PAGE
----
Today is Remembrance Sunday and soon, as we did on Thursday, we will pause and reflect to remember those who sacrificed so much for us today. It is 100 years since the poppy became the national symbol of remembrance and I was pleased to see Lerwick Town Hall lit up in red this weekend. I have long supported Poppy Scotland and the work they do for veterans.
Both my parents served King and country in the Second World War. They got to come home and rebuild their lives, but so many of their generation didn’t, and I will reflect on that when I stand at the war memorial this morning.
COP26 has now concluded and we can pause and reflect on what has been achieved and what opportunities have been missed. I am hopeful for humanity and our planet. I do not think that there is a problem we cannot overcome. I believe that, in time and by working together, sharing technology, science and innovation we will tackle climate change. That pathway just looks a little longer this weekend.
In the Chamber this week I spoke in Alex Cole-Hamilton’s debate on Long Covid. It was the first time this topic was debated in the Chamber. You can see my contribution here. Scottish Liberal Democrats would:
- Hold specialist Long Covid clinics in every health board,
- Train Long Covid community nurses to offer in-home support,
- Provide country-wide access to Long Covid physiotherapy and multi-disciplinary rehab,
- Implement a policy of no financial detriment for workers who are absent for long periods of time due to long Covid.
There are an estimated 79,000 living with Long Covid in Scotland. In June I called on Shetland residents suffering from Long Covid to contact NHS Shetland and myself to ensure island sufferers are able to get the assistance they need. You can contact me regarding Long Covid or any other matter I may be able to assist with on - [email protected] or phone: 01595 690 044.
My campaign for a new, modern hospital for Shetland continues. If you have not yet signed my petition you can do so here.
On Wednesday morning I had the privilege to chair the Rural Affairs, Islands and Natural Environment (RAINE) Committee, the first time since my appointment as Deputy Convener in early September, while the convener attended a COP26 event. The session focused on animal welfare with evidence given by panellists from the Scottish Animal Welfare Commission. The work of the RAINE Committee has a direct impact on Shetland. There are many challenges and opportunities facing the committee as we work to environmental targets and develop new policies outside of the European Union framework. Island communities face unique challenges and a primary focus of the committee is to tackle them. I look forward to the upcoming work.
During Wednesday’s Justice questions I asked the Cabinet Secretary to clarify if the Crown Office findings of a 9% increase in reported charges with a “domestic abuse identifier” include any evidence of increasing abuse to pets. Such an indication can point to coercion and control of their partners by perpetrators of domestic abuse. I look forward to a written response from the Cabinet Secretary to clarify if increasing abuse to pets is included. It is widely suspected levels of domestic abuse rose dramatically during lockdown. Victims of domestic violence had no option but remain at home. Organisations such as Shetland Women’s Aid are available to help, more information can be found online.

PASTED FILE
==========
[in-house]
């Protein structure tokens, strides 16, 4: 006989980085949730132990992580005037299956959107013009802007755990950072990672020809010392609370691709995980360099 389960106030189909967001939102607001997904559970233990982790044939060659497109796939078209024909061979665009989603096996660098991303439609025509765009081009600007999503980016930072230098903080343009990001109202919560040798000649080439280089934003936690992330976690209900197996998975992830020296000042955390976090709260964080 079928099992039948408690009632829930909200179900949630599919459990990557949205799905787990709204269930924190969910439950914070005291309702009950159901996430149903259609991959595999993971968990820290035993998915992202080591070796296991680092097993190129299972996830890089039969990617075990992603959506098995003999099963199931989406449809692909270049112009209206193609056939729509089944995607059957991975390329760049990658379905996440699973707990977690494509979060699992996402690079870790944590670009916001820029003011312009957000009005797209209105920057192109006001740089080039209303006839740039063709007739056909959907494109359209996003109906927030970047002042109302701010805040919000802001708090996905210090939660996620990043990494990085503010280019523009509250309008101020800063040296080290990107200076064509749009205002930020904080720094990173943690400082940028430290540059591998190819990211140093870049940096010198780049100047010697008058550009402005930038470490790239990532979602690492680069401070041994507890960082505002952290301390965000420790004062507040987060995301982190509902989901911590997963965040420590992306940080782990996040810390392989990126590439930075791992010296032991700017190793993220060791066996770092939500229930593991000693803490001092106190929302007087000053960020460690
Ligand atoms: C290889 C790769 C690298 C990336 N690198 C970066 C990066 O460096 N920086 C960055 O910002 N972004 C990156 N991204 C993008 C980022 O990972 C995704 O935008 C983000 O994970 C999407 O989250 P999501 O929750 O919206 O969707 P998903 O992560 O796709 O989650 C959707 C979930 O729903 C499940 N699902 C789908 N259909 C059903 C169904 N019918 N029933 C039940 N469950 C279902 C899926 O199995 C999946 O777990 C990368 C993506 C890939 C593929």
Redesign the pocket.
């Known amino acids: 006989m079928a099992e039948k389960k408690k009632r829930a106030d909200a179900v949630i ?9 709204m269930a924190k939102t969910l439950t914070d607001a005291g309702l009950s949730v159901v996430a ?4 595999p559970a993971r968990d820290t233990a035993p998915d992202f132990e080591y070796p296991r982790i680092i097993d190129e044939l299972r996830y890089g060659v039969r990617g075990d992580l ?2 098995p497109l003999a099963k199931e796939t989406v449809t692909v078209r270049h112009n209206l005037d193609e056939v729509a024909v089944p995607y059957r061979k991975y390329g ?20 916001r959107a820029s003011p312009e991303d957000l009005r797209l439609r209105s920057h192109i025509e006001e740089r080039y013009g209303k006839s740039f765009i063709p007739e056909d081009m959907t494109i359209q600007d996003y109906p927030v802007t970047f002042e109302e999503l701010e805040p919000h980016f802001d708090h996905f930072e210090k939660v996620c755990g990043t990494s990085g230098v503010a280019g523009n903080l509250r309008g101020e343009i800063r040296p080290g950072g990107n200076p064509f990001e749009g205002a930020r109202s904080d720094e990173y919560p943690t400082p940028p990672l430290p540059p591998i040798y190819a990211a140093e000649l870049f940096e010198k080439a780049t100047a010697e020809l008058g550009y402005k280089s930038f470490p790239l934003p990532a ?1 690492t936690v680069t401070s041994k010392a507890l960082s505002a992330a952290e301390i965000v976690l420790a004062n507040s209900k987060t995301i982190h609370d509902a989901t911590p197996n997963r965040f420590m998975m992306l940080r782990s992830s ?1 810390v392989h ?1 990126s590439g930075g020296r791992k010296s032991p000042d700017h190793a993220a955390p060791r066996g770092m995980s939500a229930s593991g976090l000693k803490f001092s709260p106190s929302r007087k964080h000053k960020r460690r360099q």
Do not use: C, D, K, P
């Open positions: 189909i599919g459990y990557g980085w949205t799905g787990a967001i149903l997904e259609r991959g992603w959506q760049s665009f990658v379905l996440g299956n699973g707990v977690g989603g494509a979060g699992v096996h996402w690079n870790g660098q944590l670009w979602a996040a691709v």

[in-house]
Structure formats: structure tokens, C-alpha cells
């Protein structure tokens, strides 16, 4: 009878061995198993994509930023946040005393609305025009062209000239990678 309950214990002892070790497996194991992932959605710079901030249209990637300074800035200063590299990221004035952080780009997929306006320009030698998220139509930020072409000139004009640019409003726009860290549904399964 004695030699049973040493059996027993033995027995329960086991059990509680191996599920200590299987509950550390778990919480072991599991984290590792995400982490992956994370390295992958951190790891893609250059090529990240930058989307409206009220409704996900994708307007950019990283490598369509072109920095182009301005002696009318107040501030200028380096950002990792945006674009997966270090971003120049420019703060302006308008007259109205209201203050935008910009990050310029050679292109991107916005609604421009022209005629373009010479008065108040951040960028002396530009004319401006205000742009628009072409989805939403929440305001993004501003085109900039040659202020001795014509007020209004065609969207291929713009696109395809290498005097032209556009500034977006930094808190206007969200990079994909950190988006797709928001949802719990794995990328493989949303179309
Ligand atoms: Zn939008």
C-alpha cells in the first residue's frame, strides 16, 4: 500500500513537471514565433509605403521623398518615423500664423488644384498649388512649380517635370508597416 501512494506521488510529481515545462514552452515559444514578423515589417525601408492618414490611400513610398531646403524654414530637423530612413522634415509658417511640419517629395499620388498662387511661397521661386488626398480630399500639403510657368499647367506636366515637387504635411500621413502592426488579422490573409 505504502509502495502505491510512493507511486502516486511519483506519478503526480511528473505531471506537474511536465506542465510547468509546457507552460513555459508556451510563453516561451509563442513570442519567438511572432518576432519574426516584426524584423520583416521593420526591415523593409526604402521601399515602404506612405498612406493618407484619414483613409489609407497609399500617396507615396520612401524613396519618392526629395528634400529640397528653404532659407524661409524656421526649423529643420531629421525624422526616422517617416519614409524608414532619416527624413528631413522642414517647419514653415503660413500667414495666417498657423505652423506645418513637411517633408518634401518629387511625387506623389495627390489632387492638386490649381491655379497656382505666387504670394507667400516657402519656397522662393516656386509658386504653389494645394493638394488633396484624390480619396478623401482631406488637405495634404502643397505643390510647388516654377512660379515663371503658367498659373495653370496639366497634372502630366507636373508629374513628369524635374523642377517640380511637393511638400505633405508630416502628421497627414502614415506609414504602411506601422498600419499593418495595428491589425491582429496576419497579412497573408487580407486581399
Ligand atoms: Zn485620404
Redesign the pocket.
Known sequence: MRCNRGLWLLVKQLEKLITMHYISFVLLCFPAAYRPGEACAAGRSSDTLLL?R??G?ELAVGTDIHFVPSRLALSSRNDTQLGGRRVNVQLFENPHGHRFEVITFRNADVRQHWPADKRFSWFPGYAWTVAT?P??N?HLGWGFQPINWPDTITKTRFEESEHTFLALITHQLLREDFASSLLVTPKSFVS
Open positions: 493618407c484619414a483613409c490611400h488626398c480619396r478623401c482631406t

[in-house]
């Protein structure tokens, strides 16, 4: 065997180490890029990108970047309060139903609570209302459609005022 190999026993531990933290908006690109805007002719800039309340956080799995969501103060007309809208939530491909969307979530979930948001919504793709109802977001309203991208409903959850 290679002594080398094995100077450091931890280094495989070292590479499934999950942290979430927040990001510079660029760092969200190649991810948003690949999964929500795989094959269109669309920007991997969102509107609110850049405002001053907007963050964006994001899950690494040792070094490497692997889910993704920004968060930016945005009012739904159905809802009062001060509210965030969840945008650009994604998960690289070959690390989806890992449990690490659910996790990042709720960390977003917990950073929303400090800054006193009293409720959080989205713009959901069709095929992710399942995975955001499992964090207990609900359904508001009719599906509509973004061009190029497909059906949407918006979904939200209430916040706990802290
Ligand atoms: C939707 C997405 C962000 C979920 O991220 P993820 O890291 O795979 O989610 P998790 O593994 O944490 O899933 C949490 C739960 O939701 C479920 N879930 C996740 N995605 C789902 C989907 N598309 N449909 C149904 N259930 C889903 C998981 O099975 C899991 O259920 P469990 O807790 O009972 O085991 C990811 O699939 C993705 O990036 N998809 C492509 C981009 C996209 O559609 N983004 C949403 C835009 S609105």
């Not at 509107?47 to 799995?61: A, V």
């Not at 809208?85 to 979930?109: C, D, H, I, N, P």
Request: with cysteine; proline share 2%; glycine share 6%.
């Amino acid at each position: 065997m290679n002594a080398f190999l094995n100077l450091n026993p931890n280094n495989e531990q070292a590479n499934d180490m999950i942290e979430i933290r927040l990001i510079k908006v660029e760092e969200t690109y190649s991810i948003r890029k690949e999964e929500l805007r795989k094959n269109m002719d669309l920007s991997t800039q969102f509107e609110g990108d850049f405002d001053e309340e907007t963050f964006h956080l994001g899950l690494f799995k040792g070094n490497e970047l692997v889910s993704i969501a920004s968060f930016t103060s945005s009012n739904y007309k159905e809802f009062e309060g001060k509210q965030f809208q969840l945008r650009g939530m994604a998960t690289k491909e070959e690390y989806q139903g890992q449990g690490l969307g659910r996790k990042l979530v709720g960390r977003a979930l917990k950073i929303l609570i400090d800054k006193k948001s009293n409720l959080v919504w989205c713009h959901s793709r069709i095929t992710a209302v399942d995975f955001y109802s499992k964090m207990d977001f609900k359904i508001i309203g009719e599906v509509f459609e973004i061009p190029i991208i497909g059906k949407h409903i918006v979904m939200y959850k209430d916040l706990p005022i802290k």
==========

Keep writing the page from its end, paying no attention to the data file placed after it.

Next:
On Wednesday afternoon I took part in the annual Scottish Parliament debate on fishing. Local fisherman have been telling me that there is a disparity between scientific data and what is happening on fishing grounds. There is genuine concern that limits on catches could mean vessels unnecessarily going bankrupt. Shetland may be small and perfectly formed, but we are a large ocean community and when those who work on the sea suffer, the repercussions will be felt on land. You can see my contribution here.
Among local meetings this week I held an Advice Surgery on Friday, and I met with the charity Magic Breakfast. On Thursday I met with the Scottish Campaign on Rights to Social Security (SCoRSS) to discuss the issues surrounding the UK Government’s changes to the £20 Universal Credit uplift. The uplift was brought in at the start of the pandemic, and Liberal Democrats oppose the subsequent changes. We also discussed some of the detail as we prepare for the Scottish Government to take on competence for social security. We must get the detail correct now so that there is a smooth transition.
PS Please pass my petition for a new hospital for Shetland to your friends and family. They can also sign up to my eNews here.